Article published: Saturday, June 28th 2014
Protestors called for the closure of Yarl’s Wood immigration detention centre at a rally in Manchester city centre last Saturday. Around 200 people gathered in Piccadilly Gardens for a march organised by Women Asylum Seekers Together (WAST), Safety4Sisters, and Manchester Migrant Solidarity (Misol).
Yarl’s Wood Immigration Removal Centre, in Milton Earnest in Bedfordshire, is run by private contractor Serco, currently under investigation for claims that its staff committed sexual assault of detainees. These allegations arose earlier this year shortly after the death of 40-year-old Christine Case, who collapsed and died in her room at the centre in March. She was the fourteenth person to have died in immigration detention centres in the UK in the past 10 years.
There are currently 400 women detained in Yarl’s Wood. Allegations of sexual abuse of detainees by staff at the centre were made public last month following a legal battle, after Serco attempted to suppress an internal report into the abuse.
Nigerian migrant rights activist Aderonke Apata spoke at the protest about her experiences of being a LGBT detainee in the UK immigration system. She told The Mule that this demonstration was significant because it gave voices to those who had personally experienced the immigration system. ‘This wasn’t people speaking for other people’, she said, ‘we heard women telling their own stories about what goes on in Yarl’s Wood.’
Apata has been instrumental in organising women inside Yarl’s Wood, and continues to fight for its closure, as well as for her own asylum case. She said: ‘Conditions in there are very bad, with poor healthcare, abuse and bad treatment, when these are women who have experienced imprisonment and torture before.’ She has been asked to give extensive proof of her sexuality to avoid deportation to Nigeria, where homosexuality is illegal. Her brother, son and ex-girlfriend have been killed in vigilante attacks in Nigeria since she has come to the UK, but she is still facing deportation following failed asylum applications.
Apata and the other protesters at the march call on the government to review its use of institutions like Yarl’s Wood. Misol – the group she co-founded in Manchester – has raised awareness of the treatment of migrants in the UK immigrations system. Refugee advocacy groups have argued that the detention of women, many of whom are fleeing abuse, violence or persecution in their home countries, in prison-like removal centres in the UK is inappropriate and disproportionate. Apata told The Mule that detaining migrant women in institutions like Yarl’s Wood can trigger mental health conditions like post-traumatic stress disorder (PTSD). She said: ‘Many women develop mental health problems that they didn’t have before. The prison environment brings back bad memories. There is no reason to detain these women in prison, for this is what Yarl’s Wood is.’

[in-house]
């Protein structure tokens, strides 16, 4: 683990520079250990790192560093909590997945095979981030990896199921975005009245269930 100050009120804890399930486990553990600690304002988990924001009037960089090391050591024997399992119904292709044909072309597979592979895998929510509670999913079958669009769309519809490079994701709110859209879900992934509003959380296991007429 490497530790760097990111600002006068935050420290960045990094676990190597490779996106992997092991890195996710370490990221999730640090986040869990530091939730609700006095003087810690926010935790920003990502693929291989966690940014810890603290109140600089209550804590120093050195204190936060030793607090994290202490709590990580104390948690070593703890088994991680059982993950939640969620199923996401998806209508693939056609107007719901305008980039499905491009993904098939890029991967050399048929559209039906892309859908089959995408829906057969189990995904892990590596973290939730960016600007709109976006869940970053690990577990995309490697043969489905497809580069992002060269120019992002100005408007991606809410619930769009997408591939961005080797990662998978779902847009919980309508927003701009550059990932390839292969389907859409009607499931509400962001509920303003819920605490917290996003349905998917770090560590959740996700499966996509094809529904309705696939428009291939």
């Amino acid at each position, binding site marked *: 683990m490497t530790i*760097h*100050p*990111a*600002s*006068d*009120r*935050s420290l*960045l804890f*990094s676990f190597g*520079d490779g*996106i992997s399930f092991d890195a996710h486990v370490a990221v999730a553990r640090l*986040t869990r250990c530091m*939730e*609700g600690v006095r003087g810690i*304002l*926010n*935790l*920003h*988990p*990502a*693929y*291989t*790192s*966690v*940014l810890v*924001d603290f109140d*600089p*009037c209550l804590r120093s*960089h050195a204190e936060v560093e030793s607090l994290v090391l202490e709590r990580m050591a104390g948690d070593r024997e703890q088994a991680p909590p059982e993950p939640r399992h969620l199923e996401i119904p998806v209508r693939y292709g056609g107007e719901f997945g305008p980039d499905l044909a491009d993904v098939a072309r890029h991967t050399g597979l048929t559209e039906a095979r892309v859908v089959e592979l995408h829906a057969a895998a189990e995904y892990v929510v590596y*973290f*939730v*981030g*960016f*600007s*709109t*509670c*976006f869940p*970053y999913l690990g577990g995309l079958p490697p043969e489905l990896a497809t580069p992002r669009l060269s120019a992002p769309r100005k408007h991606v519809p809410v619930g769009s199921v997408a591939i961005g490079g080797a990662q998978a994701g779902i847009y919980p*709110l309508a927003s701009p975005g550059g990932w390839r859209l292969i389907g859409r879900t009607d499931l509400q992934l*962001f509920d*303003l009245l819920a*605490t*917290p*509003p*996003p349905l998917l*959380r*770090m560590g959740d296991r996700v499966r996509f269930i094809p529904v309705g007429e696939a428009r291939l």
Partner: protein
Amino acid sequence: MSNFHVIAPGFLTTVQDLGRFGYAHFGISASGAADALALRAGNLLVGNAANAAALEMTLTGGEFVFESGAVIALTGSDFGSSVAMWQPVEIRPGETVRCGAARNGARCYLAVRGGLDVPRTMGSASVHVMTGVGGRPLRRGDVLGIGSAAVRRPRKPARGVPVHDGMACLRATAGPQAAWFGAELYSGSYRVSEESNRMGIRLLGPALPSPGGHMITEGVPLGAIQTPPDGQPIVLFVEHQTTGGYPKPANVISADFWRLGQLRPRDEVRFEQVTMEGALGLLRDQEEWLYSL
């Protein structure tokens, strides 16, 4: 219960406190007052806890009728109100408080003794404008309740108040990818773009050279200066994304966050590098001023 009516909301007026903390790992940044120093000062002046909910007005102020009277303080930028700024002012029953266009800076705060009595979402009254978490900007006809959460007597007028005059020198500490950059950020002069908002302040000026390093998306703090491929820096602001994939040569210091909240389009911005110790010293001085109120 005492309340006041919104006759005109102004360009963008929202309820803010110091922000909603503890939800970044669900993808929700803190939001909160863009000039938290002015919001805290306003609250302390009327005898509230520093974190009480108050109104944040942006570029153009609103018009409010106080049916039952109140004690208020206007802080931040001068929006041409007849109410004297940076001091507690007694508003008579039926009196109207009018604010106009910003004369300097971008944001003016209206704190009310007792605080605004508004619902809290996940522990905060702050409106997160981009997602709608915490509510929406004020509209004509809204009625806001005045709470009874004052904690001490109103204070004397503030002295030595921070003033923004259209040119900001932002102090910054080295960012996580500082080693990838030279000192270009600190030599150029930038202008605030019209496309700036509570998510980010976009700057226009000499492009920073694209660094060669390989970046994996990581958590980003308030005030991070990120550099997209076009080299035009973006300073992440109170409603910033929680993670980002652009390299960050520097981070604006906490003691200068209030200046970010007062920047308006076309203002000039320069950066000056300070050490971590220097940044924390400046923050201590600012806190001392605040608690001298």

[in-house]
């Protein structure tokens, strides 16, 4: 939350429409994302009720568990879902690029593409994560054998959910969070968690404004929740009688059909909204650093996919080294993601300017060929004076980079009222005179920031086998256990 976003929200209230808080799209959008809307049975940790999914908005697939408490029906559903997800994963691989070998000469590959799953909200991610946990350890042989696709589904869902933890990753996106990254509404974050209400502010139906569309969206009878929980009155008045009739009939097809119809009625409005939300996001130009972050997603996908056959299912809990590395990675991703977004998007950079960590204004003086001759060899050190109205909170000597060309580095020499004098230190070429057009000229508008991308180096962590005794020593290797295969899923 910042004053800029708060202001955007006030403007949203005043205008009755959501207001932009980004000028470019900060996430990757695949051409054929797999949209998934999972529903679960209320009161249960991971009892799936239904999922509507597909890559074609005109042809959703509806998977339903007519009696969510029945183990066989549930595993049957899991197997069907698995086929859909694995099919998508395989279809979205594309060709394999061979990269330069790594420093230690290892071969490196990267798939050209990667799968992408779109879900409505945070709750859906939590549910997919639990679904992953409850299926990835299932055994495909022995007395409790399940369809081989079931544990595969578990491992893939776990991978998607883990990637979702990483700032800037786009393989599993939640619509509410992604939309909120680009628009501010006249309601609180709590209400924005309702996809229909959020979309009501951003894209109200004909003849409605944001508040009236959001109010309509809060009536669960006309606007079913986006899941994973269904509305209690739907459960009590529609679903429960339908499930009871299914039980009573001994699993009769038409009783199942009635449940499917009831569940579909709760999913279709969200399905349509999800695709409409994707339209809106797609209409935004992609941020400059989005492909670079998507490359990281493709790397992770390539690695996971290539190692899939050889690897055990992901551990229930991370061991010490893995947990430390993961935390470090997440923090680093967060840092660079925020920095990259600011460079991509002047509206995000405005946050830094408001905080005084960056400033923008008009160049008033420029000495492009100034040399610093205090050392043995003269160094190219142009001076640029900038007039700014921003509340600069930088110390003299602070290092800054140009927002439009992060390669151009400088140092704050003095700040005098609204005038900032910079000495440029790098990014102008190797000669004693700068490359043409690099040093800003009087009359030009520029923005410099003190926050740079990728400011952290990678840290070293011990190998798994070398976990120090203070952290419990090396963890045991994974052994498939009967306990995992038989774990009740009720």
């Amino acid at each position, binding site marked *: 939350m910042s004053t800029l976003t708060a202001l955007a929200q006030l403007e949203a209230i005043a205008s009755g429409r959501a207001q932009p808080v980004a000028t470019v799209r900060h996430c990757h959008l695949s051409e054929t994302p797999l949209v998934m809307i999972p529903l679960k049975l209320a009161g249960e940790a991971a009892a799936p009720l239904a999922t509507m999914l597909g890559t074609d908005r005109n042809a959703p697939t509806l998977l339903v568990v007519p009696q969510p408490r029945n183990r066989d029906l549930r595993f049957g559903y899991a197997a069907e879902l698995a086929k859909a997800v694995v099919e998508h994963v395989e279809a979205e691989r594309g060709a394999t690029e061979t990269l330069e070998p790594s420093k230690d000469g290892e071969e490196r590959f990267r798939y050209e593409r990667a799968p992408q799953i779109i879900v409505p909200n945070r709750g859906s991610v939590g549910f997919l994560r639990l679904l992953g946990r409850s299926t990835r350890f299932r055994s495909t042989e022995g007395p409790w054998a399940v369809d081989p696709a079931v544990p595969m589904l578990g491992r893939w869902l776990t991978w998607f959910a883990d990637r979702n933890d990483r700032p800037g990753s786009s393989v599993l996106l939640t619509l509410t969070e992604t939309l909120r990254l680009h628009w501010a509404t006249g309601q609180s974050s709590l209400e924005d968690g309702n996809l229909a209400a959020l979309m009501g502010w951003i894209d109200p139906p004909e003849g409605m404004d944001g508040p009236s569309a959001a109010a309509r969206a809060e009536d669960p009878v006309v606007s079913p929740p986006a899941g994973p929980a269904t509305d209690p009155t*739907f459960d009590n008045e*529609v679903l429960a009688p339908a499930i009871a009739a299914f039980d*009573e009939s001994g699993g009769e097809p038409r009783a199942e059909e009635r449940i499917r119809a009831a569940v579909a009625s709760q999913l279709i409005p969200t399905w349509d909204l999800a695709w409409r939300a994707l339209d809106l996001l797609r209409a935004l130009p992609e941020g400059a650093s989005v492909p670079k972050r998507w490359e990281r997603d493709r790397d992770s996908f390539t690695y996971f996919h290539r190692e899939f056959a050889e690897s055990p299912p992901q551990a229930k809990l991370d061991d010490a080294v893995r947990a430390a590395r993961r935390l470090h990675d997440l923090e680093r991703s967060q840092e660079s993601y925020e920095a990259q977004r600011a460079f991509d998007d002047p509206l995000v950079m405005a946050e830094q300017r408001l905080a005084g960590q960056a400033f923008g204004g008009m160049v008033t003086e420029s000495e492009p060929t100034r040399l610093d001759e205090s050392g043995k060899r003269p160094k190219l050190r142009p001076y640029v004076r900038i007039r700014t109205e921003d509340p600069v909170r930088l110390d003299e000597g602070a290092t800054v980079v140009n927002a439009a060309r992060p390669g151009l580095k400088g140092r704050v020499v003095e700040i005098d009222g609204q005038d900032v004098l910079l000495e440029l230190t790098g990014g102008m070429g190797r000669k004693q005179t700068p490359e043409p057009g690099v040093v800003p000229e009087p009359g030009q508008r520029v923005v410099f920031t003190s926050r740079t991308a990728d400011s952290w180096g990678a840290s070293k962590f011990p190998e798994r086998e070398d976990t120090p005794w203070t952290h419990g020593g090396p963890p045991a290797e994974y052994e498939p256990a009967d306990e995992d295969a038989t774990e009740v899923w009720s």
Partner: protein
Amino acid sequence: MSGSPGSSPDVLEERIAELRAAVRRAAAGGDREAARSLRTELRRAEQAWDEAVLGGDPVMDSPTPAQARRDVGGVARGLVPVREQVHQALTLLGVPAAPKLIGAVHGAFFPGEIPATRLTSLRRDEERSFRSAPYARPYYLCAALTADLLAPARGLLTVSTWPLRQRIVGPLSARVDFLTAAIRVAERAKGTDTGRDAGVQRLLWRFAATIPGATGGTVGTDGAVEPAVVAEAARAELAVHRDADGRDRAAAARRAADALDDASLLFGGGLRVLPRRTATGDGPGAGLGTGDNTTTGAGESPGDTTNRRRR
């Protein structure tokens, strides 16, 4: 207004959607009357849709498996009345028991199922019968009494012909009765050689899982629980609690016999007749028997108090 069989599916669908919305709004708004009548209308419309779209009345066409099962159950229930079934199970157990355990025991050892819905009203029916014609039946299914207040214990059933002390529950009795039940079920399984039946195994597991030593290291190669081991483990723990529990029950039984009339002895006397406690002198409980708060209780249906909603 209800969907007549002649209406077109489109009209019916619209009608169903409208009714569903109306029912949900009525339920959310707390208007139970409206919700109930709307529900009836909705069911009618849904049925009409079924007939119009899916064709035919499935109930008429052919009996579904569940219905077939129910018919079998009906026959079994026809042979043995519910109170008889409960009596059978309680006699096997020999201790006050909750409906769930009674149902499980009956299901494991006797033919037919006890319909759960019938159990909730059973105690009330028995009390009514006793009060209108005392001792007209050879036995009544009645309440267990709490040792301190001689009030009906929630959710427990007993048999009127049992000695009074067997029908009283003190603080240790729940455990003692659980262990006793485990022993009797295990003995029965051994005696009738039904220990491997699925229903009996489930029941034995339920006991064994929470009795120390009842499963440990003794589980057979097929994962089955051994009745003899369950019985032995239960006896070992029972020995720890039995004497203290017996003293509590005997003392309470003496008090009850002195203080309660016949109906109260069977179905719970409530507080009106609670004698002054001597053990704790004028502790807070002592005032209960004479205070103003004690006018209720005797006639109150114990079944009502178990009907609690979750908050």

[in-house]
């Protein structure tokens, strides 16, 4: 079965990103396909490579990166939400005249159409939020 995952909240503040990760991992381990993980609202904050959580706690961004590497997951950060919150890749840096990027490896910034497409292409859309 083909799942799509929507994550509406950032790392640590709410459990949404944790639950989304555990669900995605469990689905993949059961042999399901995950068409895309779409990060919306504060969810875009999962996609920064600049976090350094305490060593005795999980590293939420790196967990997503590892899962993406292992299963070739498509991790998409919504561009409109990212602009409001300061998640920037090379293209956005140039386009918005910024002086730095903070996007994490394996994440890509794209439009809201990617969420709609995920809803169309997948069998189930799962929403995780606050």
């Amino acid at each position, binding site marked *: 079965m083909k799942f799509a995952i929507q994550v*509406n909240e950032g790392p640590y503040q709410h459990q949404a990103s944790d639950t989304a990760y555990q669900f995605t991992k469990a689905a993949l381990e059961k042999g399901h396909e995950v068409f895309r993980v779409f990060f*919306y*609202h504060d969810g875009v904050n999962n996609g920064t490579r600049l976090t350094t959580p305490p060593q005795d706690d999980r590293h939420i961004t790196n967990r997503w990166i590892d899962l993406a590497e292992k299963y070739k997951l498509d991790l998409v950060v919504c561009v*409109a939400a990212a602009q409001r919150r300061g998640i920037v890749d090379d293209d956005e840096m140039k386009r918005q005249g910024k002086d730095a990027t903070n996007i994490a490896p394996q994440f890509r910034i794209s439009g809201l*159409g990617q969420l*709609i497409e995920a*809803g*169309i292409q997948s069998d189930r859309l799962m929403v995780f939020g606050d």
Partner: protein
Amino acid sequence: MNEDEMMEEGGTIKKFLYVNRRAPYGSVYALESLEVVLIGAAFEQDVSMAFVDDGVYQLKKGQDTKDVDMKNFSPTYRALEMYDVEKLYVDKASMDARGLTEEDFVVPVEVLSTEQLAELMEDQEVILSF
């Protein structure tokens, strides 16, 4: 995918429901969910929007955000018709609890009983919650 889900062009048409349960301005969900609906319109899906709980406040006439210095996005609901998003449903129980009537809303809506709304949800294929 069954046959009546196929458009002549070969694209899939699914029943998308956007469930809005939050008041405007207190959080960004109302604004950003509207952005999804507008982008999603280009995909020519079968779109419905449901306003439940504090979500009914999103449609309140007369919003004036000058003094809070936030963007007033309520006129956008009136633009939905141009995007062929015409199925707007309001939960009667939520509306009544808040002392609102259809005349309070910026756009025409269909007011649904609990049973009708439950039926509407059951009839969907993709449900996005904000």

This week former mental health nurse at Yarl’s Wood Noel Finn spoke out about inadequate mental health treatment for detainees. He told the BBC: ‘The system wasn’t driven for mental health. It was more driven about ‘are they fit to fly, physically.’ He also said there was a ‘toxic culture’ of inappropriate sexual behaviour by guards.
Serco has responded by saying that it has dismissed staff found guilty of mistreatment, and that they ‘absolutely reject’ the suggestion of an endemic problem of sexual abuse at the centre.
Organiser Vicky Marsh from Safety4Sisters, a group campaigning for the protection of migrant women, said: ‘The whole system dehumanises asylum seekers. Poorly paid contractors are made responsible for the most vulnerable people, including very vulnerable women, and the result is systemic sexual and emotional abuse and inadequate medical treatment, in a structure which criminalises migrants.’
MPs are now due to investigate the allegations of abuse at Yarl’s Wood, with questions being raised about the suitability of Serco to provide services for vulnerable people.
The allegations against Serco contribute to growing doubts about the use of private contractors to provide services to vulnerable migrants. Abuse in the system of immigration detention has not been limited to the women’s removal centre at Yarl’s Wood. Private security giant G4S has been dogged by allegations of abuse of migrants and prisoners in its care both in the UK and abroad. Charity Medical Justice reported on abuse and violence by G4S staff, including cases of sexual assault. Most of the assaults took place in the airport or on planes during the deportation process, leaving failed asylum seekers with no chance of redress through the UK justice system. In 2010 Angolese refugee Jimmy Mubenga was killed in the care of G4S guards while being deported from the UK. The three guards responsible are due to be tried for manslaughter.
The protest on Saturday drew attention to the often unheard experiences of migrants in the British immigration system. Apata said: ‘This is going on in our backyards, and yet people do not know about it. When they find out, they are enraged.’ One Misol activist added: ‘Many members of the public passing by the protest didn’t know previously about Yarl’s Wood or the situation for asylum seekers and were shocked to hear about it.’ Those attending on Saturday want to continue the campaign with more actions. ‘We will speak with a louder voice until it is heard’, Apata said, ‘and continue to make more noise about Yarl’s Wood until it is shut down.’
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